May 14, 2009
Colgan Accident Legacy Must be to Enhance Training and Address Fatigue
WASHINGTON – Facts explored at this week’s National Transportation Safety Board (NTSB) Public Hearing on the Colgan Air Flight 3407 accident drew attention to many long-standing safety priorities of the Air Line Pilots Association, Int’l (ALPA).
“This accident was a terrible tragedy and our thoughts are with all those who were affected,” said Capt. John Prater, ALPA’s president, at the conclusion of the hearing. “We must honor them by making our industry even safer. Given the enormous growth in the express airlines and the number of passengers they carry, we can’t rest in our pursuit of one level of safety for all airline operations.”
Pilot fatigue, one of ALPA’s priority issues, was among the topics on the final day of the hearing. Capt. Rory Kay, ALPA’s Executive Air Safety Chairman, testified as an expert witness on the subject. “We must address pilot fatigue in all types of flying from long-haul international to multi-leg domestic,” said Kay following his testimony. “While ALPA recognizes that individual pilots have the responsibility to report for duty fit to fly, we also recognize that those pilots must be given the tools to fulfill that responsibility.”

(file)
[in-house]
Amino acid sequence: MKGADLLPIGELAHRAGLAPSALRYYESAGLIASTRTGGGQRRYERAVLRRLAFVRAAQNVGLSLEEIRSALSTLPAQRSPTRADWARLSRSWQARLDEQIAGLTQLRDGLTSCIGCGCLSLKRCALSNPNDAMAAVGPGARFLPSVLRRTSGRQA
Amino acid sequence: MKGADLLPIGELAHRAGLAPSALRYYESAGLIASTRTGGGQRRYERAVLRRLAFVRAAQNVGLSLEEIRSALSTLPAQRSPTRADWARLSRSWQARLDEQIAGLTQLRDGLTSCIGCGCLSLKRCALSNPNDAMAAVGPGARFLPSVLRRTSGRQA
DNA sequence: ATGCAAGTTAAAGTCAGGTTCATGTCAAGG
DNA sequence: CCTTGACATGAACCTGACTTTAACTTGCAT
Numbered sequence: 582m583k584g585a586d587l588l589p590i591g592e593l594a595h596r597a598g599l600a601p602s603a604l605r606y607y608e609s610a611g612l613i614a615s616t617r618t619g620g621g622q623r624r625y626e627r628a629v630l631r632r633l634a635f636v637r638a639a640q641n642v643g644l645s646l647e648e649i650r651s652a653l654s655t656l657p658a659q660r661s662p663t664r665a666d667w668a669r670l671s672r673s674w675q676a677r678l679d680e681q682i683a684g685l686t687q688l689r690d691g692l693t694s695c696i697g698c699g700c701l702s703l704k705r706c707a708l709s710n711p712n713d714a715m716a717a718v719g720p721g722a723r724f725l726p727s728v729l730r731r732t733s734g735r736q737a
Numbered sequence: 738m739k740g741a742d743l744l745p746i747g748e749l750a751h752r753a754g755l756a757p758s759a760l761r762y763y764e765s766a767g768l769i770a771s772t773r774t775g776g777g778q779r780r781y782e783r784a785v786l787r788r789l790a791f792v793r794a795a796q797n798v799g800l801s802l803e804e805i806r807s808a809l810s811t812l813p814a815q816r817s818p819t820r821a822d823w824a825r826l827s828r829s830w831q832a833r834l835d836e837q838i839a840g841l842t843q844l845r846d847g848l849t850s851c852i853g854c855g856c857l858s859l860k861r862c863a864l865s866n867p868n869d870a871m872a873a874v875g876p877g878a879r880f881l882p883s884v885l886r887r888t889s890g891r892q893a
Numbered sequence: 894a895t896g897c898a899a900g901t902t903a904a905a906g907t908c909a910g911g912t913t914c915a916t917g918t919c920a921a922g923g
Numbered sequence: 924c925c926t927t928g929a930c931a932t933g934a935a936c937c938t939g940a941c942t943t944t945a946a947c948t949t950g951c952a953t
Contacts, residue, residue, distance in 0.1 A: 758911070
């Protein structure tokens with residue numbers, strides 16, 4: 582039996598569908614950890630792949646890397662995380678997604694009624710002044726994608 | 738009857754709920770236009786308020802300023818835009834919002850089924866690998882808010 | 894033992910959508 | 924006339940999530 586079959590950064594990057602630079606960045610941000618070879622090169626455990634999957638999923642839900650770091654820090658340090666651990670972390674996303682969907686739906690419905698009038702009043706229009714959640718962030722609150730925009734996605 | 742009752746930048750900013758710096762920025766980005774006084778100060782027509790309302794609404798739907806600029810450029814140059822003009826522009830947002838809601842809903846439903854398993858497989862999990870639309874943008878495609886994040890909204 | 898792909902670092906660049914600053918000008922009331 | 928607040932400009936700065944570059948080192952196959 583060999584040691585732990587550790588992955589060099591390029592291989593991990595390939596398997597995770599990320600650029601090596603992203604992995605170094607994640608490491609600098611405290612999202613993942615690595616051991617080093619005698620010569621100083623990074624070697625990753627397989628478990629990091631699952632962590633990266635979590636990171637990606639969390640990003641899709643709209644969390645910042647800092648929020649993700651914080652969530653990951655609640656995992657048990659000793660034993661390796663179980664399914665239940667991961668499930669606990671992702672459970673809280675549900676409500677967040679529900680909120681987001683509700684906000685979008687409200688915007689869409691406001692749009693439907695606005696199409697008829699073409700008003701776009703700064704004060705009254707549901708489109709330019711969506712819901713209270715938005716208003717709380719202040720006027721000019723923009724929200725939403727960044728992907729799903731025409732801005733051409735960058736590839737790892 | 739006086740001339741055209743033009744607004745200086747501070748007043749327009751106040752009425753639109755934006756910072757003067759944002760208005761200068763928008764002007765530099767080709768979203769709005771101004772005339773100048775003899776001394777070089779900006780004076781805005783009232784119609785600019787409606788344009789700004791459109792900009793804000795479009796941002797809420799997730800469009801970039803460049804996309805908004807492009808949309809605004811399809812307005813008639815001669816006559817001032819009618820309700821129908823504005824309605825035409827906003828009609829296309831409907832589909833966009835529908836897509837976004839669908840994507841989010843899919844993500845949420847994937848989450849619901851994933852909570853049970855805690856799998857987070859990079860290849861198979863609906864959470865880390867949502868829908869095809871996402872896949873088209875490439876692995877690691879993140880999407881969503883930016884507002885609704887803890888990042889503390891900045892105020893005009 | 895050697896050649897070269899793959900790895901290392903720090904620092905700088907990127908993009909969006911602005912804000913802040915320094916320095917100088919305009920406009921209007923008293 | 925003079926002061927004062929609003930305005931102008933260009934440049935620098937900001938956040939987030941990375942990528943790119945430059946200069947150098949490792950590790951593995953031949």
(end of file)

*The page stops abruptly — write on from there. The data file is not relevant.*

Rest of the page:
Kay pointed out that regulators must develop science-based rules covering fatigue and rest; operators must develop schedules consistent with studies on fatigue; pilots must arrive for work fit to fly. Pilots must also be trained in how to best prevent fatigue and combat its effects, he said.
In addition, ALPA has long maintained that pilot training must encompass all aspects of what it means to be a professional airline pilot. Adequate training on how to operate the aircraft safely, particularly in abnormal and potentially hazardous situations, is vital. However, equally important is command training that teaches pilots the sound judgment and leadership skills that they might not have received through previous experience.
“An airline’s corporate culture must be centered on safety and focused on preventing accidents,” said Capt. Paul Rice, ALPA’s first vice-president. “Airline management must foster a safety environment that looks for trends and implements corrective actions long before accidents occur.”
Rice underscored that encouraging nonpunitive employee reporting of safety issues forms the foundation of a ”just culture” within an airline. “Key to this is building an unshakable sense of trust that the information reported by pilots and other employees will be used solely to advance safety.”
“ALPA is pleased that U.S. Senate Aviation Operations, Safety, and Security Subcommittee Chairman Byron Dorgan announced this week that he plans to hold hearings on regional airline safety,” concluded Prater. “We look forward to working with Congress and with all airline industry stakeholders in a relentless pursuit of safety.”
Founded in 1931, ALPA is the world’s largest pilots union, representing nearly 54,000 pilots at 36 airlines in the United States and Canada.
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